We’ve compiled a feedback form. It includes options to comment on every departure and arrival route alongside additional sections for an overall detailed response on the consultation.

This survey will be open until 13 September.

Will you respond to my feedback?

We are unable to individually respond to feedback. We will produce a report at the end of the consultation to summarise what feedback has been received and how each piece of feedback has been considered in the decision-making process.

Will you be giving feedback on the results of the consultation?

We will collate and analyse all responses. A feedback report summarising the results of the consultation will be published on this website. Responses will be made available to the CAA as part of any Airspace Change Proposals submitted to them for changes covered by this proposal. This will allow the CAA to assess whether we have taken relevant information into account.

3) The proposed routes

How will this affect me?

Because the new designs are largely unchanged, it is likely that most people won’t notice any significant change.  In fact, one of the main aims for the design team is to limit the number of people being overflown wherever possible.

If you live directly underneath, or close to, an existing flight path, it’s possible you could notice some changes but we expect these to be very small.

Does this mean more flights in and out of Prestwick and new routes?

We want to make sure our airspace is fit for the 21st century. We know air travel is growing in popularity and volume so we need to have an airspace which can accommodate future growth.

We’re working hard to grow our airport and bring in new business.

However, this consultation is about the proposed changes to the routes used by aircraft arriving and leaving the airport due to the removal of old navigational aids

Who will benefit from the changes proposed and how will they benefit?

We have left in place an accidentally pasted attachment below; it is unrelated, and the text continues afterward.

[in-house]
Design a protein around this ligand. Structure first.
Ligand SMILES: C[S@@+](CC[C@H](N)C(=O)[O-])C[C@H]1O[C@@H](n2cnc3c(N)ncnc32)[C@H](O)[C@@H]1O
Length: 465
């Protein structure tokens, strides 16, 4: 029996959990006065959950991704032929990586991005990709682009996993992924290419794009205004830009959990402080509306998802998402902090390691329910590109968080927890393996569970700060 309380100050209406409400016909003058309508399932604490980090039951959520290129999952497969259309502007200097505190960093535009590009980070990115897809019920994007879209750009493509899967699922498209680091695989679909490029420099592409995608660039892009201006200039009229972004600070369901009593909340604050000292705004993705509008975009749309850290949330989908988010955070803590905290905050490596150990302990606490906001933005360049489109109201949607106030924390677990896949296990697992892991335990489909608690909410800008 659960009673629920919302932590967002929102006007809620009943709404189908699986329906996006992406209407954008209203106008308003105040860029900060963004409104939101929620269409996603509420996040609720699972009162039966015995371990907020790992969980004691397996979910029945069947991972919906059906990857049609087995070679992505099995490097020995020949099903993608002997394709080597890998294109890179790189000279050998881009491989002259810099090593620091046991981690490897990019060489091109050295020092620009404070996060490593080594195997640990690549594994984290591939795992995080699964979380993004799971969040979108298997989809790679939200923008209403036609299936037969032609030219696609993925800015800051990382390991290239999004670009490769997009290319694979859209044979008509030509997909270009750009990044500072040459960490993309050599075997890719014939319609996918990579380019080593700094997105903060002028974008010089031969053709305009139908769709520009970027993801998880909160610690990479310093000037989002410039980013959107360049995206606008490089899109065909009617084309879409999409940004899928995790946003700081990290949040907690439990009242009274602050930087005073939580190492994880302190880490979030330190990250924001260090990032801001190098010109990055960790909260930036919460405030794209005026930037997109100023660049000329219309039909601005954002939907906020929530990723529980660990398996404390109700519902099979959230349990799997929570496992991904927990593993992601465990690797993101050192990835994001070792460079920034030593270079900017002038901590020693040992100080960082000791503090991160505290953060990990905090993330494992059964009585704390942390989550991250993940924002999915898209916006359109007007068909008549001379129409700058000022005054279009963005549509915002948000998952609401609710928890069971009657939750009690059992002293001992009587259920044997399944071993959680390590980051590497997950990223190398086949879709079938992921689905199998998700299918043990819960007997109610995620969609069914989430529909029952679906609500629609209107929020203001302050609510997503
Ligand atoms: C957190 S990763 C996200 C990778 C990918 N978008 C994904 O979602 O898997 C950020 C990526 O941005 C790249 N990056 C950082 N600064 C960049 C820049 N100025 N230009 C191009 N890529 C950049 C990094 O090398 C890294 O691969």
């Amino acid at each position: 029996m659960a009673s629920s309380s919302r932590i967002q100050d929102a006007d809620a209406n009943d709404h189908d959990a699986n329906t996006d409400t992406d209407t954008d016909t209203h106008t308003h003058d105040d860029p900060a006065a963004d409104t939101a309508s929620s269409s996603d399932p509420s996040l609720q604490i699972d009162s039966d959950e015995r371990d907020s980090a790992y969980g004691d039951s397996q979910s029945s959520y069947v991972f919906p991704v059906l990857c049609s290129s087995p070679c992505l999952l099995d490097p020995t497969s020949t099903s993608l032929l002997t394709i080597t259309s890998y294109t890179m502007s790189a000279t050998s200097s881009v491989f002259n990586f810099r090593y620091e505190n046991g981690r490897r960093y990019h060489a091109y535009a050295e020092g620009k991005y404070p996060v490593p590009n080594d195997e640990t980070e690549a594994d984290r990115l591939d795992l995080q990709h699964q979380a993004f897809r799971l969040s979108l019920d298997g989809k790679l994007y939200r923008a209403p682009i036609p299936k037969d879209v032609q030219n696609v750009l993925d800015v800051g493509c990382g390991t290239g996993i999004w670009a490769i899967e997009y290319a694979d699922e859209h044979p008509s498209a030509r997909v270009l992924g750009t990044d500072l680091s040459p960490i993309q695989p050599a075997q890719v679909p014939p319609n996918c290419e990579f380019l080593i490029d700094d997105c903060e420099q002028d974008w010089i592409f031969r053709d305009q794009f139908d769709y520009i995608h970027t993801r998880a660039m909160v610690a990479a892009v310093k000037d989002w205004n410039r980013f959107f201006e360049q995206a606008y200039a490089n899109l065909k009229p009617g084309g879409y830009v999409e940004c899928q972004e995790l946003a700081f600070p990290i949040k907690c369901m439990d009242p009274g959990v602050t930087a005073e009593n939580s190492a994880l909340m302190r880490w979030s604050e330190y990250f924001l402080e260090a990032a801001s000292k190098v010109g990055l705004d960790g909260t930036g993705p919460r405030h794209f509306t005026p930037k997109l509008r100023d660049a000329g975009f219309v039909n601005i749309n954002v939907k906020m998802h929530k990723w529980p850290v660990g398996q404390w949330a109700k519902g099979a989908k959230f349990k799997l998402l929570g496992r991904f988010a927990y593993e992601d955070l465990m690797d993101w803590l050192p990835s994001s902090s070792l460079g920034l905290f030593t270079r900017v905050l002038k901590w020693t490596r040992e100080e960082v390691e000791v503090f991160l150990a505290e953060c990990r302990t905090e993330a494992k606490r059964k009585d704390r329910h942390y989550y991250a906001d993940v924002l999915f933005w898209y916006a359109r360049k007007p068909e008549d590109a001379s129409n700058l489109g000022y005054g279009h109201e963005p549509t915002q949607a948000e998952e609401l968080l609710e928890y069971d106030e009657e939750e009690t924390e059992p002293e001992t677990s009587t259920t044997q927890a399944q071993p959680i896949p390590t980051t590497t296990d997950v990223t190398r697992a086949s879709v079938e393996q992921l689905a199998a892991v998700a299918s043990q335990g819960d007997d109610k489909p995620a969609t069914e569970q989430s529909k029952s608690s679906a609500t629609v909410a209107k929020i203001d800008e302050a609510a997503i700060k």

Our aim is to develop a plan for our airspace that would benefit all, meeting both our aspirations for growth and communities’ desire for less noise and disruption. This is why we are talking to communities prior to finalising the routes. We believe that growth in the airport’s capacity will benefit Scotland.

Who will be disadvantaged by the changes proposed and how will they be disadvantaged?

We will work hard to make sure that we balance our operational requirements with the impact on communities. We will endeavour not to add to the burden but there will clearly still be communities that will be flown over.

How long does the process take?

Our estimate is that the process will take approximately 6 months from the start of our consultation to the CAA’s decision.

If successful when will this start?

If successful, it will commence in early summer 2018.

Why does the consultation not include flights over 7,000ft?

Flights above 7000ft are high enough so that the impact of overflights is less severe for those on the ground below. As such the government guidelines stipulate that for routes above 7000ft the emphasis should be on minimizing the environmental impact due to CO2 emissions. Further it is stipulated that consultation with stakeholders on the ground is not required for route changes above 7000ft AGL.

What are RNAV routes?

RNAV is a satellite-based navigation system similar to GPS which is a highly accurate method of aircraft navigation. RNAV is not new, it has been in use since the 1970s, however the accuracy achievable has improved over the years.

Why can’t RNAV routes follow the current routes?

The current routes were designed many years ago based on old design criteria applicable to conventional navigation. The new routes must comply with the current design criteria applicable to RNAV navigation. These new criteria place limits on the minimum distances between waypoints and we are therefore unable to “replicate” some of the current routes precisely.

What is a SID?

SID stands for Standard Instrument Departure. This is a departure route programmed into the flight management system of each aircraft to ensure that the aircraft follows a specific track upon departure from an airfield.